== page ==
Poor financial declarations from public servants
A. C. Count, Guest Columnist
Apology to EXIM Bank
Apologies to EXIM Bank Chairman Bill Clarke and Managing Director Lisa Bell for suggesting in my June 4 column that EXIM Bank accounts for March 2013 were not available on EXIM Bank's website. Any inconvenience or embarrassment caused is regretted.
Bell is quite correct about the 2013 accounts being available on EXIM Bank's website, at 'About Us/Financials/Annual Report', where the 2013 annual report can be viewed.
However, the senior tier of the website, at 'About Us/Finan-cials', is only updated to 2011. In spite of this anomaly (still continuing on June 12, 2014), digging deeper would have revealed the 2013 annual report. Bell might now correct this confusing issue.
She indicated that the accounts were "available a full and clear week ahead of the publication date", i.e. the accounts were put on the website about 14 months after the accounting date!
Bell pointed out that "financials cannot be released to the public until we have received formal approval from the Cabinet, through the Ministry of Finance ... ."
best time practices
If this is the requirement, someone is acting outside of best-time practices that could aim at financial results being available to the public within, say, four months of a year end.
For example, the March 2014 EXIM Bank accounts should be finished being audited by PricewaterhouseCoopers, by June 30, 2014, and sent to the Ministry of Finance, and cleared by Cabinet a month later, by July 30, 2014, to be on the website.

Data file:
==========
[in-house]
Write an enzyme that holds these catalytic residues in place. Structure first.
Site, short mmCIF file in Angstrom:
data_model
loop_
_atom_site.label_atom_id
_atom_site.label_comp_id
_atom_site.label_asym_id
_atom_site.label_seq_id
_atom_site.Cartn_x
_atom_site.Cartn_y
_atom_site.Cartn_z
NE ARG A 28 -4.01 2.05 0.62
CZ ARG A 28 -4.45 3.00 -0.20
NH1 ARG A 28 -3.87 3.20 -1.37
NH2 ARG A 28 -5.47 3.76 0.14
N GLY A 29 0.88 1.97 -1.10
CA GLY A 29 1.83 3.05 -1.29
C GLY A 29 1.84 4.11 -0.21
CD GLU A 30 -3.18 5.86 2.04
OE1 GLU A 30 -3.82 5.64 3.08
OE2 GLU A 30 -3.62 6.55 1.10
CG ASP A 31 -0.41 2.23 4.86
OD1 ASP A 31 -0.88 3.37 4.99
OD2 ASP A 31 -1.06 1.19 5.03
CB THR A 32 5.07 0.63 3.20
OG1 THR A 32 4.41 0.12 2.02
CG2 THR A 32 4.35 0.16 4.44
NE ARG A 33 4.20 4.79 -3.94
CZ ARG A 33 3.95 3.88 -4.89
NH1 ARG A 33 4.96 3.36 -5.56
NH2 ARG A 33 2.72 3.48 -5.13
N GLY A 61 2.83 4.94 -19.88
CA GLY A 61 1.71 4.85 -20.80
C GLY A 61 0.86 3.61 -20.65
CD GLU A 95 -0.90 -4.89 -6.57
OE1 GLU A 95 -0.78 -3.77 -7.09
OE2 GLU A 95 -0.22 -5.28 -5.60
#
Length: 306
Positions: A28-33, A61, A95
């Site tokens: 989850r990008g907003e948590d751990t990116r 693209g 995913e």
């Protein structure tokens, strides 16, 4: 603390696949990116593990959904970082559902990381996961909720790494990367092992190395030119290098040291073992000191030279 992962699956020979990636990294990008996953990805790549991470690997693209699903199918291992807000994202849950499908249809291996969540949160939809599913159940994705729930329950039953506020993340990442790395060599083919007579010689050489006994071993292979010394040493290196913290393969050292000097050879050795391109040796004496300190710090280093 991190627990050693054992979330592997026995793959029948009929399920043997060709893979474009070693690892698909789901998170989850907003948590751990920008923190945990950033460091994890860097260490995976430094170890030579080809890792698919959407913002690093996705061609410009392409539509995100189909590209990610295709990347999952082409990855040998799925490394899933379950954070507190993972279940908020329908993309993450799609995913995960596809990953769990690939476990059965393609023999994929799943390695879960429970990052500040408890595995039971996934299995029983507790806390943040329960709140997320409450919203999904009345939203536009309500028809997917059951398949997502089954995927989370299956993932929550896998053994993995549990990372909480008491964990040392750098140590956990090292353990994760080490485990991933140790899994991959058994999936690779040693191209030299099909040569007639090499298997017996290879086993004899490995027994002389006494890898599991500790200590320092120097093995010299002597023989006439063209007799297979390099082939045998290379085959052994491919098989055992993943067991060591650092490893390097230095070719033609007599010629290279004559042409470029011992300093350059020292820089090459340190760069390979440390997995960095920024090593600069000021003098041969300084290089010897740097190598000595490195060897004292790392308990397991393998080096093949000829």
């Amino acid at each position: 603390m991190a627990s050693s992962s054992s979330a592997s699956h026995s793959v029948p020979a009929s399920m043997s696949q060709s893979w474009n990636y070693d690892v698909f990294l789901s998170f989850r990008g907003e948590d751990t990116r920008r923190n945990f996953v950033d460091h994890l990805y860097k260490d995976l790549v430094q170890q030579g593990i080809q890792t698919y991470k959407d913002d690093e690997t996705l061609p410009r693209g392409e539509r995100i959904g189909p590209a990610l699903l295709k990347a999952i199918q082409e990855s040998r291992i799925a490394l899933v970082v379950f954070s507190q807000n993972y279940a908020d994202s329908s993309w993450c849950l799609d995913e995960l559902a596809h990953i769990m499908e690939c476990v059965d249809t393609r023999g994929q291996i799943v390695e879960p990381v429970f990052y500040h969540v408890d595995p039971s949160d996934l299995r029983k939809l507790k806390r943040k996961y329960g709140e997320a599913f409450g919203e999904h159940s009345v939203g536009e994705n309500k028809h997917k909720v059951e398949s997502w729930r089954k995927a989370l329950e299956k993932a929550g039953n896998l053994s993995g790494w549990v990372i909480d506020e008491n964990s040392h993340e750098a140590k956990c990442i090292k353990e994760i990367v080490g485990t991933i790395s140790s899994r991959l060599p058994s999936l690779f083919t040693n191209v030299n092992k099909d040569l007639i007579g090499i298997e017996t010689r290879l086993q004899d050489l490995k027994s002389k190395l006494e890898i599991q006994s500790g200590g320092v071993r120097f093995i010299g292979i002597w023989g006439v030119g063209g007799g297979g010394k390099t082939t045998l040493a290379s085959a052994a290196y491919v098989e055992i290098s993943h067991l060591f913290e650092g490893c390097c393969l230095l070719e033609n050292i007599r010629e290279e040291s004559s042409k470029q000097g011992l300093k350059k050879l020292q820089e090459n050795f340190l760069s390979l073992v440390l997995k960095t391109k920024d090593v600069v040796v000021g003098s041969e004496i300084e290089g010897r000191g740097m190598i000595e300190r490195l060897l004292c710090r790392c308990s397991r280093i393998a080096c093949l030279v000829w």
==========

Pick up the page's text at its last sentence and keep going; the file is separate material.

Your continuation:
Perhaps the EXIM Bank audit and conduct-review committee, chaired by Myrtle Halsall, could review, set some deadlines and have discussions with the financial and Cabinet secretaries to speed up bureaucracy.
Additionally, Chairman Clarke could adopt the same timetable, as practised by Scotiabank, that publishes quarterly results and gets out annual accounts within 90 days of the period end.
This column will review the somewhat aged March 2013 accounts, in a future column, and attempt, in early August, to review the 2014 accounts.
Commission for the Prevention of Corruption
We are grateful to the Commission for the Prevention of Corruption (CPC) chairman, Justice Ferdinand Smith, and acting secretary/manager, Denzil Haase, for having sent us their accounts, and invite other public entities to do likewise.
CPC was established in 2000. During the year 2012-2013, Justice Howard Cooke and Justice Karl Harrison became commissioners, joining Adrian Strachan and Pamella Munro Ellis.
CPC appear to be having a hard time getting required financial declarations from public servants.